Supporting Children with CVI - Project 'Schaukasten' (2017-2018)

SCHAUKASTEN (Engl.: ‘DISPLAY CASE’) – Supporting early intervention for young children with low vision and related disabilities through interaction design (1.12.2016 - 31.1.2018), financed by: ‘Hauptverband der österreichischen Sozialversicherungsträger.’

SCHAUKASTEN seeks to conceptualize, co-design and implement novel interactive toys that motivate young children with visual impairments to keep up with their often dull but crucially important optical exercises to improve vision, motor skills, and related competencies.

Background: Children with a specific condition of visual impairment – cerebral visual impairment (CVI) - should exercise their vision as soon as possible in order to improve their sight or to develop alternative strategies of perceiving their environment. Exercising constitutes an important building block for later leading an autonomous life.

Unfortunately, these exercise can often be little engaging and boring for the effected children and their parents or caregivers.

Therefore, SCHAUKASTEN seeks novel ways into motivating these children to exercise by supporting them with engaging and interactive toys or therapeutic elements.

We have initiated the project with field observations to understand the children's and therapists' needs and therapeutic practices. In addition, right at the beginning of the project, we held a design workshop together with four early intervention therapists to exchange knowledge in an interactive and hands-on format. In this workshop, we created a small 'light table' out of wood, acrylic glass and old LED flash lights (see below figure). One of the therapists (German: "Frühförderinnen") later had the idea to incorporate a fidget spinner into the design. In this way, children with low vision were supported by the actively illuminated table in their perception, and they could also play with a fidget spinner - a very popular toy at that time.

DIY workshop 



Subsequent and parallel to the field work, we have developed the following prototypes and design concepts by now:


  • This research was funded by "Gemeinsame Gesundheitsziele aus dem Rahmen-Pharmavertrag, eine Kooperation von österreichischer Pharmawirtschaft und Sozialversicherung".
  • Sketching credits: Peter Fikar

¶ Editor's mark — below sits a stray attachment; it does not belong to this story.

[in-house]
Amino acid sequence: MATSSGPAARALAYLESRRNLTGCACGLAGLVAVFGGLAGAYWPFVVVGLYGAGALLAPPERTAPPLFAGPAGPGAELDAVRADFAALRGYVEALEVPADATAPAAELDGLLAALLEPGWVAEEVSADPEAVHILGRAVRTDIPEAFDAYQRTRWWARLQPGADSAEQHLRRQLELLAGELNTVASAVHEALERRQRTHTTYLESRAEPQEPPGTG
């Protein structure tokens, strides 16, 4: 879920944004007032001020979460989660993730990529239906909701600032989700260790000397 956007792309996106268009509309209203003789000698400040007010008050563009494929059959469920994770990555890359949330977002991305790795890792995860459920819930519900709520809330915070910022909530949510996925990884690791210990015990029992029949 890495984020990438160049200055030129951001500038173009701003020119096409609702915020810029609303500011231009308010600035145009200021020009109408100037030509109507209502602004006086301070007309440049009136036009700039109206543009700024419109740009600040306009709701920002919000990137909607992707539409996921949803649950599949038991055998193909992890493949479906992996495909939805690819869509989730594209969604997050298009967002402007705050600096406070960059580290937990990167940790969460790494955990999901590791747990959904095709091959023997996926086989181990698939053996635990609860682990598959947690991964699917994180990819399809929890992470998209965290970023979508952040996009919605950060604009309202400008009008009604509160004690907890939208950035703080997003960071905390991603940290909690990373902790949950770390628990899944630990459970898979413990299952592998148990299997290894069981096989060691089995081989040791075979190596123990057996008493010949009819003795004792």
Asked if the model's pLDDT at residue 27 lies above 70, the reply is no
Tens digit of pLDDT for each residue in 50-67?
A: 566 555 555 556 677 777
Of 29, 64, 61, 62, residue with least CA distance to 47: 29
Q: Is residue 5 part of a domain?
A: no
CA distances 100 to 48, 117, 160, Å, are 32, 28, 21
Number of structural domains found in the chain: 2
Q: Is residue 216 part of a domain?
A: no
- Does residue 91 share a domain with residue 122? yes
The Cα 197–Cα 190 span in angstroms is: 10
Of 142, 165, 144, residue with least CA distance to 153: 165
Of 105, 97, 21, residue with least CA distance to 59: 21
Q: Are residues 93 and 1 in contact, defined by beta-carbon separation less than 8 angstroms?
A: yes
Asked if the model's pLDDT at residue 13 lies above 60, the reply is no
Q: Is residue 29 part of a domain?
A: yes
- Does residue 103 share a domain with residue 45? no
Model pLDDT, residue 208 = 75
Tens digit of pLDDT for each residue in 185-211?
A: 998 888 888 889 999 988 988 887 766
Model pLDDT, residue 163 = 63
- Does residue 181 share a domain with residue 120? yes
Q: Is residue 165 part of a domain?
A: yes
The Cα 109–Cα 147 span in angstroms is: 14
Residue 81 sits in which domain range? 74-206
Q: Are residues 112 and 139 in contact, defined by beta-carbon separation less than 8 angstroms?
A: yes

• Güldenpfennig, F., Fikar, P., and Ganhör, R. (2017). Towards Interactive and Motivating Stimuli for Children with Visual Impairments. Paper presented at the British HCI. PDF.
  • Fikar, P., Ganhör, R. and  Güldenpfennig, F. (2017). Multimodales Spielzeug für Kinder mit starker Sehbehinderung. Work presented at IKT-Forum'17.
  • Fikar P., Güldenpfennig F., and Ganhör R. (2018). The Cuebe: Facilitating Playful Early Intervention for the Visually Impaired. In International Conference on Tangible, Embedded and Embodied Interactions (forthcoming). PDF.
  • Güldenpfennig, F., Fikar P., and Ganhör R. (2018). Interactive and Open-Ended Sensory Toys: Designing with Therapists and Children for Tangible and Visual Interaction. In International Conference on Tangible, Embedded and Embodied Interactions. PDF.
  • Fikar, P., Güldenpfennig, F., and Ganhör R. (2018). The Use(fullness) of Therapeutic Toys: Practice-derived Desing Lenses for Toy Design. In Proc Designing Interactive Systems (DIS'18). Draft PDF.
  • Fikar, P., Güldenpfennig, F., and Ganhör R. (2018). Pick, Place, and Follow: A Ball Run for Visually Impaired Children. In Proc Designing Interactive Systems (DIS'18). PDF.
  • Salihodzic, H., Zilberburg, K., Chakhmaghi, N., Güldenpfennig, F., Fikar, P., & Ganhör, R. (2018). LightSight. A Dice to Meet the Eyes. In Proc Designing Interactive Systems (DIS'18). PDF.
  • Güldenpfennig, F., Fikar, P., & Ganhör, R. (2019). A Tangible Color-Picker Toy Designed for Young Children: Balancing Physical Properties and Play Elements Through Design. Workshop paper for CHI'19, Glasgow, Scotland.
  • Fikar, P., Güldenpfennig, F., & Ganhör, R. (2019). Reflections on Mobility in the Design of Therapeutic Toys. Workshop Contribution for Communities & Technologies (C&T'19), Vienna, Austria.
  • Florian Güldenpfennig, Armin Wagner, Peter Fikar, Georg Kaindl, and Roman Ganhör. (2019). Enabling Learning Experiences for Visually Impaired Children by Interaction Design. In Haptic Interfaces for Accessibility, Health, and Enhanced Quality of Life. Troy McDaniel, Sethuraman Panchanathan (Editors). Springer.